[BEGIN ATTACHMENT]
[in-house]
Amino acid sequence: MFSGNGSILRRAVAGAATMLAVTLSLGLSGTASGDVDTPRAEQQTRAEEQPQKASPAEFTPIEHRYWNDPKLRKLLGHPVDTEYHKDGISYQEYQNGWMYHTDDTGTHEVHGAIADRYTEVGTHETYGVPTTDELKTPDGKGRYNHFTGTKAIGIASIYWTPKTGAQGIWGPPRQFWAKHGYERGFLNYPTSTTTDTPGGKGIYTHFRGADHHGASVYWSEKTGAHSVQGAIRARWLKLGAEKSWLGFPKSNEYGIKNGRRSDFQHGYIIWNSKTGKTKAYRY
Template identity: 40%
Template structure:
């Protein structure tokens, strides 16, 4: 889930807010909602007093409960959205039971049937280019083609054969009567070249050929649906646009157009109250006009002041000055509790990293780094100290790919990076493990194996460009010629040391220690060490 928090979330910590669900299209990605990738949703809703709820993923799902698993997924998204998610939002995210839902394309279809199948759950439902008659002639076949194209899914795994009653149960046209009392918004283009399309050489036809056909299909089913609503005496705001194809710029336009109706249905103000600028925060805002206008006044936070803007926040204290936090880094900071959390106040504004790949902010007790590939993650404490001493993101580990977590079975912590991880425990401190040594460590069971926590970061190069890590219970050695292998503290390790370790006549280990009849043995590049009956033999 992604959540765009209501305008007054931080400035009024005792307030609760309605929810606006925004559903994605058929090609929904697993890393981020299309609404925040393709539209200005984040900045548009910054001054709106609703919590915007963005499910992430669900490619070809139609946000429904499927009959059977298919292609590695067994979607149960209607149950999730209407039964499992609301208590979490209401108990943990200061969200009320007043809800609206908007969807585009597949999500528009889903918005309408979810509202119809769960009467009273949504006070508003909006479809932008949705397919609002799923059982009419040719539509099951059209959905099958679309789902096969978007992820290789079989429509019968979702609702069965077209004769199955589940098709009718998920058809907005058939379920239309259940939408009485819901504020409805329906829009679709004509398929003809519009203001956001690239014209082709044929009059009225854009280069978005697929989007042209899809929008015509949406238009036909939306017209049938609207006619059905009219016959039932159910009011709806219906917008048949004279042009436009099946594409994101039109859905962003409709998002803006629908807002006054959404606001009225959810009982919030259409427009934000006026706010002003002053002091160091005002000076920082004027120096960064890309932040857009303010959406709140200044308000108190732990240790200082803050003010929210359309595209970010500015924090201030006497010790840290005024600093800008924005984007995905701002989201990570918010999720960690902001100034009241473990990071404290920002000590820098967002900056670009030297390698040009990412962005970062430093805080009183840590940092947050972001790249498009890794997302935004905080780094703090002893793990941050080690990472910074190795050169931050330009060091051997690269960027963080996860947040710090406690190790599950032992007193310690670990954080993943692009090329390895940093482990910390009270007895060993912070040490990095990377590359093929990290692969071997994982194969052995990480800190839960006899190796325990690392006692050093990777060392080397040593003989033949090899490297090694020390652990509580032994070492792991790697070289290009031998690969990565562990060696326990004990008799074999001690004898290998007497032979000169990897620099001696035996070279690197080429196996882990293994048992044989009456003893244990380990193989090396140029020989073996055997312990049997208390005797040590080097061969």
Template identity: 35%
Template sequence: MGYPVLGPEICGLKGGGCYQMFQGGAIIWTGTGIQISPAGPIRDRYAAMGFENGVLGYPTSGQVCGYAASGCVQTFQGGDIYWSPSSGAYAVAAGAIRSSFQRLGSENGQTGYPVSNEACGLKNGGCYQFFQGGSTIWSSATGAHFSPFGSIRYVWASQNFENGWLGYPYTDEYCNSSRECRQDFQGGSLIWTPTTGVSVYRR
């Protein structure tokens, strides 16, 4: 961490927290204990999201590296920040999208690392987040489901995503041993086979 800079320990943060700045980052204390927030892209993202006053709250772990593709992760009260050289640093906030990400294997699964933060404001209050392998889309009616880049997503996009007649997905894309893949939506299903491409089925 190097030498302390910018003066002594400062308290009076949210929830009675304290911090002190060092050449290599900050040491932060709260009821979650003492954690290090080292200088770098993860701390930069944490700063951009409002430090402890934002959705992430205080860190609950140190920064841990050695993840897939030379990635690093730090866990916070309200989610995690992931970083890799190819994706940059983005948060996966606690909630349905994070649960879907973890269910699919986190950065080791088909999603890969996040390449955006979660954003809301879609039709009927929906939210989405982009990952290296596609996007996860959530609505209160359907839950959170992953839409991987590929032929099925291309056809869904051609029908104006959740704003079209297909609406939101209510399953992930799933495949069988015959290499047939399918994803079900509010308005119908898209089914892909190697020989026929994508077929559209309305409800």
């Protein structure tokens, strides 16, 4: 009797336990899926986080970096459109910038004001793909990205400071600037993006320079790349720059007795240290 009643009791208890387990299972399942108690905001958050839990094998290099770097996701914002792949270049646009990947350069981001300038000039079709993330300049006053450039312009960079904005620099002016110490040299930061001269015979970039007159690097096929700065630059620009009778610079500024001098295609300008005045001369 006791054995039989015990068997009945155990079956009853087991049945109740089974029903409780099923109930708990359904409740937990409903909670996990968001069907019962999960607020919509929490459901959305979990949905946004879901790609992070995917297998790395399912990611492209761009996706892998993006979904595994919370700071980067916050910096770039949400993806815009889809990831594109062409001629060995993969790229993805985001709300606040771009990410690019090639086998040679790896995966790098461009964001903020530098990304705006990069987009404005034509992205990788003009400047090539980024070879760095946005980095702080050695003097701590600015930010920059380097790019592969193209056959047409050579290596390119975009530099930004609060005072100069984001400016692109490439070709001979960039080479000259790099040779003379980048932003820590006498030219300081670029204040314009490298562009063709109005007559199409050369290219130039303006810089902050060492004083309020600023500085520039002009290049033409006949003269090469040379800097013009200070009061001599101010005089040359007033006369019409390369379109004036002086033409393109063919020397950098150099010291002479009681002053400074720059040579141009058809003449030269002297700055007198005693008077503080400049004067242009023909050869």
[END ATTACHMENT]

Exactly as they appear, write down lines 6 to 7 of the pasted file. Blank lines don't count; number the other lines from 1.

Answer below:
Template identity: 35%
Template sequence: MGYPVLGPEICGLKGGGCYQMFQGGAIIWTGTGIQISPAGPIRDRYAAMGFENGVLGYPTSGQVCGYAASGCVQTFQGGDIYWSPSSGAYAVAAGAIRSSFQRLGSENGQTGYPVSNEACGLKNGGCYQFFQGGSTIWSSATGAHFSPFGSIRYVWASQNFENGWLGYPYTDEYCNSSRECRQDFQGGSLIWTPTTGVSVYRR